Japanese TV net loosening up amid controversy

Pubcaster NHK plans to slash monthly license fees by 20% and eliminate its army of door-to-door fee collectors, according to Japanese press reports. This will still give it a massive $4 billion annual income.

Starting in fiscal 2008, NHK may reduce its fees — which all the nearly 40 million Japanese TV households are required to pay — by as much as 20%. This would reduce its annual receiving fee income by nearly Y120 billion ($984 million), from the current $4.92 billion. It intends to make up for some of this lost coin by ending door-to-door fee collections, which cost $246 million annually, replacing with them with collections through bank transfers.

Hit by a series of scandals, most involving employees pocketing production funds, NHK has watched fee collections slide in recent years, as viewers protest with their pocketbooks. The pubcaster has proposed making fee payments legally obligatory, with fines for scofflaws, but Communications Minister Yoshihide Suga has opposed this plan, saying that it would be a hard sell to viewers, unless NHK first slashes fees 20%.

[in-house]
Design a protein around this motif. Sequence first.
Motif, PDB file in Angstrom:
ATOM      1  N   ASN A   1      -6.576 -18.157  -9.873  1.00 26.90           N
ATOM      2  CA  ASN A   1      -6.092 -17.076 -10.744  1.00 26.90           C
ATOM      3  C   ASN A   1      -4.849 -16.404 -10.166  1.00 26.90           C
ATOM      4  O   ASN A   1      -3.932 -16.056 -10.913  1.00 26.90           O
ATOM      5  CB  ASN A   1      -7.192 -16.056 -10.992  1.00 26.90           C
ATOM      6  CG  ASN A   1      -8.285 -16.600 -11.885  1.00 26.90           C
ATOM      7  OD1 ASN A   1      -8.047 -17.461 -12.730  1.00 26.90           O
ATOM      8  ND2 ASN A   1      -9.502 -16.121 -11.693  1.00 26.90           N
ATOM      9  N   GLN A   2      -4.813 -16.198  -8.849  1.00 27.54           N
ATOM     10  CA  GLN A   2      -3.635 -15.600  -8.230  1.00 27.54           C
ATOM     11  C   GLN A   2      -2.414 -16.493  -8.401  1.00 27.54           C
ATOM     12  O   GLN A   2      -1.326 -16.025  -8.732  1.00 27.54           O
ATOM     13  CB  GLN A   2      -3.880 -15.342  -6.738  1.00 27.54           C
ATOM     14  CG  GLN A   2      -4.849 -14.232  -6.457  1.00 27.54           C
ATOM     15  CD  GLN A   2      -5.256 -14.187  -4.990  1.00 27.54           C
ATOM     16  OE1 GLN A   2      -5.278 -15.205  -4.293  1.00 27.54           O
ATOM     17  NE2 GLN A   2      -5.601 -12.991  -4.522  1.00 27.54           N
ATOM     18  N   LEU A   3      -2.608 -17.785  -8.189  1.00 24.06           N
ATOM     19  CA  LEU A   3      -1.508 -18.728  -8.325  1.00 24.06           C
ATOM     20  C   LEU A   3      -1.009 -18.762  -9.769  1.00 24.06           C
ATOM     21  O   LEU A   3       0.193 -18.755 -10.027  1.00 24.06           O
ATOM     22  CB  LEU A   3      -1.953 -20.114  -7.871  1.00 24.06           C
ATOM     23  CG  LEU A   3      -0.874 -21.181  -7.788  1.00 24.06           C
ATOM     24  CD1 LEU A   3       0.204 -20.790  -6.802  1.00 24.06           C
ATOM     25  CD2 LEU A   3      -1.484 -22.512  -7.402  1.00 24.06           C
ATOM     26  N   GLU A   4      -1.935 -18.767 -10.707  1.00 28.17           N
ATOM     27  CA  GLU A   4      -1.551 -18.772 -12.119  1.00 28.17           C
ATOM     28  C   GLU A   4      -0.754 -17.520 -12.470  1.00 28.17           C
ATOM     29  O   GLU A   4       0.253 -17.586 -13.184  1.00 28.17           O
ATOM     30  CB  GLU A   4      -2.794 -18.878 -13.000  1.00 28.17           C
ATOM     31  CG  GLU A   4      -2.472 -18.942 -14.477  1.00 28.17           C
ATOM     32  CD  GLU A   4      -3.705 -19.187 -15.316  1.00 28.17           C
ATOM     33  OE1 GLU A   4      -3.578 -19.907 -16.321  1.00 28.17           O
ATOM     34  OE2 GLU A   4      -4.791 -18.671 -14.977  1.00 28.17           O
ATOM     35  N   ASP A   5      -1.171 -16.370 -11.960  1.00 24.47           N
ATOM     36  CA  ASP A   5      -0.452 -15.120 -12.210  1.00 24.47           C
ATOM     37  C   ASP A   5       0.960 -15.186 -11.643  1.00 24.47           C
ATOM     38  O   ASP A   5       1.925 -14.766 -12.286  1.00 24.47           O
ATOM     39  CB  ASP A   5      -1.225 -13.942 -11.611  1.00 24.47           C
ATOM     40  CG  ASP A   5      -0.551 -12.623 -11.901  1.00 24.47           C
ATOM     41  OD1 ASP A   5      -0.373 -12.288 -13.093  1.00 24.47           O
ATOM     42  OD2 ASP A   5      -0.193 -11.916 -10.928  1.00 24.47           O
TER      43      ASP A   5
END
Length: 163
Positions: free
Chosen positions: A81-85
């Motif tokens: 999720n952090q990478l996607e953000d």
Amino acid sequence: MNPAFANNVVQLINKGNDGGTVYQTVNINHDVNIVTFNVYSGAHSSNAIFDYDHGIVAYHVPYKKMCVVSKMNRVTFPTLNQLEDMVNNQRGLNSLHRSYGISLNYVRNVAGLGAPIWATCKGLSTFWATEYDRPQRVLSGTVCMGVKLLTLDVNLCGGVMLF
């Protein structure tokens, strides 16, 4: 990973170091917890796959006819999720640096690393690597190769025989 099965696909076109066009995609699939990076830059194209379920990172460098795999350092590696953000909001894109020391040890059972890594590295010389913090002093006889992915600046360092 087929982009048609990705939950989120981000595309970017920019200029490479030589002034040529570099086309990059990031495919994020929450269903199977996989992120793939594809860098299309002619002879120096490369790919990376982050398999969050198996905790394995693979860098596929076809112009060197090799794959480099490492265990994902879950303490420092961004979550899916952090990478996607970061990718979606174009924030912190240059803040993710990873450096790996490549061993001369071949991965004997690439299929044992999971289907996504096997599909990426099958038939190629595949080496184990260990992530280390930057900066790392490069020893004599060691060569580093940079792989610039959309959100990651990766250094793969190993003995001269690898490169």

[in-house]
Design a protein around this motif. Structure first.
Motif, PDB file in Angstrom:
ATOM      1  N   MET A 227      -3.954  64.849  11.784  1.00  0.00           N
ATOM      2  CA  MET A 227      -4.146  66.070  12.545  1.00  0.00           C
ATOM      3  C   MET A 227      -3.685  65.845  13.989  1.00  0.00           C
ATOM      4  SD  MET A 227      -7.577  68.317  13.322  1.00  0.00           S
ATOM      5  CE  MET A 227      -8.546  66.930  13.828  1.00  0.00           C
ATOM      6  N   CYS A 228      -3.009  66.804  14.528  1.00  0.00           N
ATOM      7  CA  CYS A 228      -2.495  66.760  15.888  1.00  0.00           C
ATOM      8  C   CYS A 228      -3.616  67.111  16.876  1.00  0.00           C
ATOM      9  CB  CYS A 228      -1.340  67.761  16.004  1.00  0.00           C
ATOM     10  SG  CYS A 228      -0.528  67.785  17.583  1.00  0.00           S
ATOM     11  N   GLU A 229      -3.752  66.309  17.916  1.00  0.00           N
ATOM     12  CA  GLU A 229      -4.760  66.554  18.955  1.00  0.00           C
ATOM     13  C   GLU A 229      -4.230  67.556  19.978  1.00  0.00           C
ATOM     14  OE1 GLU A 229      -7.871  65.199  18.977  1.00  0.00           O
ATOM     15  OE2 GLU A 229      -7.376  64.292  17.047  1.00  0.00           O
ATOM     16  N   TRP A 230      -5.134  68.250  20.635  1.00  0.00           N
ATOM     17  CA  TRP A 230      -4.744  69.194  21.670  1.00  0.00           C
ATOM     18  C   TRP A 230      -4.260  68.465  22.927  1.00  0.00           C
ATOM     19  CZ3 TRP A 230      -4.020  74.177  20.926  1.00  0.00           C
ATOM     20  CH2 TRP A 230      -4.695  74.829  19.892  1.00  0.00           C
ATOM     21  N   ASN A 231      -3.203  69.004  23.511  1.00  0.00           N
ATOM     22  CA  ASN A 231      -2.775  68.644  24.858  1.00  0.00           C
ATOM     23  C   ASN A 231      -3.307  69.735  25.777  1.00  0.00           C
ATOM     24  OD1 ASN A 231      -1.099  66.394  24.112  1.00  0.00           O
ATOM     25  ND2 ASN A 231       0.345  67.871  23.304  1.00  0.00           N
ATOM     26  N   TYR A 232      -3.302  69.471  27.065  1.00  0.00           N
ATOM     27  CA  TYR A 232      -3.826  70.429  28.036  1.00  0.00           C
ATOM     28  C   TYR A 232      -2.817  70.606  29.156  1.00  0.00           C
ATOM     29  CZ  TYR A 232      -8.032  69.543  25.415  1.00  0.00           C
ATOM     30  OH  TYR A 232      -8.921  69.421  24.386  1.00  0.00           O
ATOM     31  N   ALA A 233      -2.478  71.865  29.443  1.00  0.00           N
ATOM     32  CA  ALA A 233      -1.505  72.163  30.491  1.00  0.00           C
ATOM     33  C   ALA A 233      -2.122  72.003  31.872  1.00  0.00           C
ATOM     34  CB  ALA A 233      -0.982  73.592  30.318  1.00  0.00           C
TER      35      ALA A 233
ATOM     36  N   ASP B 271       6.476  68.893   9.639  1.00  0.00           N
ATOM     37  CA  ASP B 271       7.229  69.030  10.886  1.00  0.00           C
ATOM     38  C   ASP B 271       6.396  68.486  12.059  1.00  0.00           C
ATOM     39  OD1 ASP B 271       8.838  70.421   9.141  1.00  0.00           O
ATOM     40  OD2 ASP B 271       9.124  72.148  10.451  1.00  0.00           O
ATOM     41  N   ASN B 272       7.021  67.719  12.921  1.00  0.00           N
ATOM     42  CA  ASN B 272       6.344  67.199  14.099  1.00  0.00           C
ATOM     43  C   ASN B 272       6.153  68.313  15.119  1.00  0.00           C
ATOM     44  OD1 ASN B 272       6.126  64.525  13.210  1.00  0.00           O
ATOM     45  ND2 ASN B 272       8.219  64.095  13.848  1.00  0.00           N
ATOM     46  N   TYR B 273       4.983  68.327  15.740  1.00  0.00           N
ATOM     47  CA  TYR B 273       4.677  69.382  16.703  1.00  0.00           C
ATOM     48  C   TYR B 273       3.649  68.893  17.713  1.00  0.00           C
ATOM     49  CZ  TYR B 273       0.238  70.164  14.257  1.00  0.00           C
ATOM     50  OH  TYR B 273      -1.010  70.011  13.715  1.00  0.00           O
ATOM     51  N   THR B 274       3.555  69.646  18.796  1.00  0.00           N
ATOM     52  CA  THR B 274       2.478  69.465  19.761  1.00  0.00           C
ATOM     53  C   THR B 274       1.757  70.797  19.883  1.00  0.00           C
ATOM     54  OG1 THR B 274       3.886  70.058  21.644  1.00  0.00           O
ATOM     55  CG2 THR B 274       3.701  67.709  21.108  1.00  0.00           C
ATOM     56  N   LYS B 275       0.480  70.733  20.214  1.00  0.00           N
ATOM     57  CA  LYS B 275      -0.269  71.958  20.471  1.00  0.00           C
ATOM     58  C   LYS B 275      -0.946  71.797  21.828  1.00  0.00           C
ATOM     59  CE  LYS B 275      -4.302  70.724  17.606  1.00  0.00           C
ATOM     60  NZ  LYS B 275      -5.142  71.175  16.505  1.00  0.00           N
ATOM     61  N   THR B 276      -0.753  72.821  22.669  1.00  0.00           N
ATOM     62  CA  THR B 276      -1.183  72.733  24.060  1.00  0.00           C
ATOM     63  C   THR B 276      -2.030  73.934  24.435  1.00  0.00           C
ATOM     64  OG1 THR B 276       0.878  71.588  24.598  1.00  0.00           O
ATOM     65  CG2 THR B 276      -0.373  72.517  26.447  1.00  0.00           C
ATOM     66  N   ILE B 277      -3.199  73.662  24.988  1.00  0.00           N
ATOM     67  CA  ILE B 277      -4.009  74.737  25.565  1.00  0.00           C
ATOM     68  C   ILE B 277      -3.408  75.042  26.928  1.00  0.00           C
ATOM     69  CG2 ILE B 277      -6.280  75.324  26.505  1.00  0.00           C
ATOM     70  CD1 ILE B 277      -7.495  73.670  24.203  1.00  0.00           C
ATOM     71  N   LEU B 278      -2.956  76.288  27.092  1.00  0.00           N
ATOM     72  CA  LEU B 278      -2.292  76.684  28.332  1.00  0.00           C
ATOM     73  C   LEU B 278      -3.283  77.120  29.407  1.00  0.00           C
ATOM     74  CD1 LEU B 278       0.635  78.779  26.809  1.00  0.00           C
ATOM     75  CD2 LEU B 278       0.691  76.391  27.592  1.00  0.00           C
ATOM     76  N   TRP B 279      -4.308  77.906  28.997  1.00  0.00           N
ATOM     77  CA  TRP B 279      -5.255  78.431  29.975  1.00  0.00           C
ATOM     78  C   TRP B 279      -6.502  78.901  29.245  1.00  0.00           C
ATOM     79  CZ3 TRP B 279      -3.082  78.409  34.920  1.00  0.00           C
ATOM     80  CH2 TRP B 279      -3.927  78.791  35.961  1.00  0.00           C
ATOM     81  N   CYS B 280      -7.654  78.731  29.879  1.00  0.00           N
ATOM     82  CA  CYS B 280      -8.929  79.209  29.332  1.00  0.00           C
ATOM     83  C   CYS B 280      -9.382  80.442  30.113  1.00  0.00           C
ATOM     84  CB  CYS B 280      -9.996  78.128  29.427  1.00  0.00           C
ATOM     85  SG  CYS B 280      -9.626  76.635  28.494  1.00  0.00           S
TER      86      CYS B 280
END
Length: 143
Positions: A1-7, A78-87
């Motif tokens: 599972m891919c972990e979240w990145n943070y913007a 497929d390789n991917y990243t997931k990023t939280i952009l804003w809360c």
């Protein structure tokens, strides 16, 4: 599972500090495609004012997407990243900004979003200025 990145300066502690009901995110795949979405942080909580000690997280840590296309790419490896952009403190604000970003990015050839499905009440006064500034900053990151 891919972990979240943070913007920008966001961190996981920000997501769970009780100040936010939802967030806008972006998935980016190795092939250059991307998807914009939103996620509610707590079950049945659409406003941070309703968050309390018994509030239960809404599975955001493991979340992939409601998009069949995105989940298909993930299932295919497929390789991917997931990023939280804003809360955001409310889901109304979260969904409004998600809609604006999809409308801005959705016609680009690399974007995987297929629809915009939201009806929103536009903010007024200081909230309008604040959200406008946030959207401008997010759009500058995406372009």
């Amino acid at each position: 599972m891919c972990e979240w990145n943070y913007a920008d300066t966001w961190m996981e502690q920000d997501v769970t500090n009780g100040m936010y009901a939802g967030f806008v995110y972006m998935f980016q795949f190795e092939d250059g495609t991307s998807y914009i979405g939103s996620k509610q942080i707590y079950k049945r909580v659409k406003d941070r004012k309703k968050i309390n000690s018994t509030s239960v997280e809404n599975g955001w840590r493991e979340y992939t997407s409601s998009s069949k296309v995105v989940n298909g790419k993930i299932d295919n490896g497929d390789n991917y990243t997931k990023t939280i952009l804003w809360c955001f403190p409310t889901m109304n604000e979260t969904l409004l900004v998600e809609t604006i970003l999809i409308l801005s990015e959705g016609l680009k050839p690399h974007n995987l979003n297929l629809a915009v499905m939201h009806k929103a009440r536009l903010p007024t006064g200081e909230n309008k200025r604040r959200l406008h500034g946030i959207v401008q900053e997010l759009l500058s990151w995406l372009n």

NHK contracts for color TVs call for basic monthly fee payments of $11. To encourage viewers to pay through their banks, the pubcaster offers incentives for bank transfers.

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